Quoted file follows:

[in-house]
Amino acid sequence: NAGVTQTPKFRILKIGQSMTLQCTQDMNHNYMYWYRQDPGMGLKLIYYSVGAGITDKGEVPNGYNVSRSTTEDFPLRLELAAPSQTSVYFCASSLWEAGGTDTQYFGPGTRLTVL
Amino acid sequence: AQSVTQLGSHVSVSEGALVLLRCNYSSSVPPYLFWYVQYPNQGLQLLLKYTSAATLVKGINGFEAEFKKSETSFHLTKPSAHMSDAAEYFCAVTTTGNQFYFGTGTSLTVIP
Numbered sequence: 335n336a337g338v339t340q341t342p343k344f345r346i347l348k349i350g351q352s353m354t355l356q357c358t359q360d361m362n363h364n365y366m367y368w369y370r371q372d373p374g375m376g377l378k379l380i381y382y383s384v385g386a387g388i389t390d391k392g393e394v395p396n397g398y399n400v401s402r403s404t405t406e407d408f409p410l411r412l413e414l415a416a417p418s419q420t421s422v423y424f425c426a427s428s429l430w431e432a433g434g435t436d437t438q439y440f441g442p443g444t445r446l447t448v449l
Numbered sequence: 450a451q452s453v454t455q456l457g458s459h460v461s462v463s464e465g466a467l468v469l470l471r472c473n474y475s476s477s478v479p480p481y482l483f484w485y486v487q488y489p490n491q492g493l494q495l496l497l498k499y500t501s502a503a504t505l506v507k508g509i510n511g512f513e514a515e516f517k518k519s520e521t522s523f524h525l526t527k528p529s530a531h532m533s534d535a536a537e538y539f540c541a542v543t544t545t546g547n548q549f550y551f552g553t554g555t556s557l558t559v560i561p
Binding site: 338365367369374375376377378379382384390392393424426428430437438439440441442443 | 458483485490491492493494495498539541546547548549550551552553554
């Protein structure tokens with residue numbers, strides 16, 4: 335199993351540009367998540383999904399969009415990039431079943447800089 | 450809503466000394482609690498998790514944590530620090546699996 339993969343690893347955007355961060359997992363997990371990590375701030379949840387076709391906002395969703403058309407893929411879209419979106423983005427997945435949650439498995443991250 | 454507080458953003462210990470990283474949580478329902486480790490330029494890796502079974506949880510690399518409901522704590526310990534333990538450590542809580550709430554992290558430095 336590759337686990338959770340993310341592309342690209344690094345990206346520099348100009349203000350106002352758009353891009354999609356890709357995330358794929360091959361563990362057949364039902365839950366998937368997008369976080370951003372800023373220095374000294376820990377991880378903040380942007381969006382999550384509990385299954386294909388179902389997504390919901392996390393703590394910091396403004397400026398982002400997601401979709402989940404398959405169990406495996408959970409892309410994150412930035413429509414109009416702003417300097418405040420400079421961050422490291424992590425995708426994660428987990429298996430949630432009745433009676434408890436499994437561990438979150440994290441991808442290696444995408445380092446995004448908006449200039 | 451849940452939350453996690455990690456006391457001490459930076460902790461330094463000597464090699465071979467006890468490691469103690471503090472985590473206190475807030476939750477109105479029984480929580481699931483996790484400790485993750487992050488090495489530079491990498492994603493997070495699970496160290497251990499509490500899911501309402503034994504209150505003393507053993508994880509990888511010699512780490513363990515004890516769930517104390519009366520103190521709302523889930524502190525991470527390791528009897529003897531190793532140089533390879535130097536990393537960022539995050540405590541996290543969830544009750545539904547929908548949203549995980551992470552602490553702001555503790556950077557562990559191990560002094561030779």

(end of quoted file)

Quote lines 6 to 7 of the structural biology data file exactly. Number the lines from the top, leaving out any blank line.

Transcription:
Binding site: 338365367369374375376377378379382384390392393424426428430437438439440441442443 | 458483485490491492493494495498539541546547548549550551552553554
């Protein structure tokens with residue numbers, strides 16, 4: 335199993351540009367998540383999904399969009415990039431079943447800089 | 450809503466000394482609690498998790514944590530620090546699996 339993969343690893347955007355961060359997992363997990371990590375701030379949840387076709391906002395969703403058309407893929411879209419979106423983005427997945435949650439498995443991250 | 454507080458953003462210990470990283474949580478329902486480790490330029494890796502079974506949880510690399518409901522704590526310990534333990538450590542809580550709430554992290558430095 336590759337686990338959770340993310341592309342690209344690094345990206346520099348100009349203000350106002352758009353891009354999609356890709357995330358794929360091959361563990362057949364039902365839950366998937368997008369976080370951003372800023373220095374000294376820990377991880378903040380942007381969006382999550384509990385299954386294909388179902389997504390919901392996390393703590394910091396403004397400026398982002400997601401979709402989940404398959405169990406495996408959970409892309410994150412930035413429509414109009416702003417300097418405040420400079421961050422490291424992590425995708426994660428987990429298996430949630432009745433009676434408890436499994437561990438979150440994290441991808442290696444995408445380092446995004448908006449200039 | 451849940452939350453996690455990690456006391457001490459930076460902790461330094463000597464090699465071979467006890468490691469103690471503090472985590473206190475807030476939750477109105479029984480929580481699931483996790484400790485993750487992050488090495489530079491990498492994603493997070495699970496160290497251990499509490500899911501309402503034994504209150505003393507053993508994880509990888511010699512780490513363990515004890516769930517104390519009366520103190521709302523889930524502190525991470527390791528009897529003897531190793532140089533390879535130097536990393537960022539995050540405590541996290543969830544009750545539904547929908548949203549995980551992470552602490553702001555503790556950077557562990559191990560002094561030779």